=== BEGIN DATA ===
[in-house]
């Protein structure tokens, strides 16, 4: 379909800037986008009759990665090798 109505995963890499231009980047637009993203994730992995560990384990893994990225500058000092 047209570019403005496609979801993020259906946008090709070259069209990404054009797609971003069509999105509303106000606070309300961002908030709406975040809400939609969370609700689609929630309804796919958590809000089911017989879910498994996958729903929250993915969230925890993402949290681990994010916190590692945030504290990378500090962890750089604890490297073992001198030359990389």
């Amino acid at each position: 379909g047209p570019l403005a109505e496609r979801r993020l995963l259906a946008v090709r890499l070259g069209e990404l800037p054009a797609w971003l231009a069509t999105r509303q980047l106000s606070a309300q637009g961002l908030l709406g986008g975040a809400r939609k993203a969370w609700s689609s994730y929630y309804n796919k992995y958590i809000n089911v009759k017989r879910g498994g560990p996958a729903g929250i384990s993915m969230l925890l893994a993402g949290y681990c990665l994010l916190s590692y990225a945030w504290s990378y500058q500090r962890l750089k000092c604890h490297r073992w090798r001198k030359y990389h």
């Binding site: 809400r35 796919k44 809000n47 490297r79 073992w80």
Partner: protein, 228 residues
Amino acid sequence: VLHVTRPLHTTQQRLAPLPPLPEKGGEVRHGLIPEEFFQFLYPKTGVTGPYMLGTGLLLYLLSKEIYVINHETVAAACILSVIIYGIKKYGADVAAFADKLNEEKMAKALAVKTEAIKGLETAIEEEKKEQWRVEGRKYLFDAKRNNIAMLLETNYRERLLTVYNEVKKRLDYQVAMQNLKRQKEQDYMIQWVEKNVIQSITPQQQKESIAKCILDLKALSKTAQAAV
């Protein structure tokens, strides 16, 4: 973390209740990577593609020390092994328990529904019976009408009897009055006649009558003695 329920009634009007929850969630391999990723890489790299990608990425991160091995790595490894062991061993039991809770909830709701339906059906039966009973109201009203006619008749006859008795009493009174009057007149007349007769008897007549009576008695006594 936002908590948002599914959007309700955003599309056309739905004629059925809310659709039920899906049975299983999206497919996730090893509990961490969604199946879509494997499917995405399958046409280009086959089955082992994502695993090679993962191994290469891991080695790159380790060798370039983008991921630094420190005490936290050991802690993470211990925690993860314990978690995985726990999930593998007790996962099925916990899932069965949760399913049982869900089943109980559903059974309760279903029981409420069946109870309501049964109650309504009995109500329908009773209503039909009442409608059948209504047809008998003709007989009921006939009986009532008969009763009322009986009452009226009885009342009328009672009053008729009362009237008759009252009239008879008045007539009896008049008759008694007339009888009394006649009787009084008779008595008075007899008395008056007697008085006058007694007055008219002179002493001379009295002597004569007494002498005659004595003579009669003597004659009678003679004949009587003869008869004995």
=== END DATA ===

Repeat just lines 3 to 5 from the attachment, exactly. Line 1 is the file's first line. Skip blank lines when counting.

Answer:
């Amino acid at each position: 379909g047209p570019l403005a109505e496609r979801r993020l995963l259906a946008v090709r890499l070259g069209e990404l800037p054009a797609w971003l231009a069509t999105r509303q980047l106000s606070a309300q637009g961002l908030l709406g986008g975040a809400r939609k993203a969370w609700s689609s994730y929630y309804n796919k992995y958590i809000n089911v009759k017989r879910g498994g560990p996958a729903g929250i384990s993915m969230l925890l893994a993402g949290y681990c990665l994010l916190s590692y990225a945030w504290s990378y500058q500090r962890l750089k000092c604890h490297r073992w090798r001198k030359y990389h």
């Binding site: 809400r35 796919k44 809000n47 490297r79 073992w80």
Partner: protein, 228 residues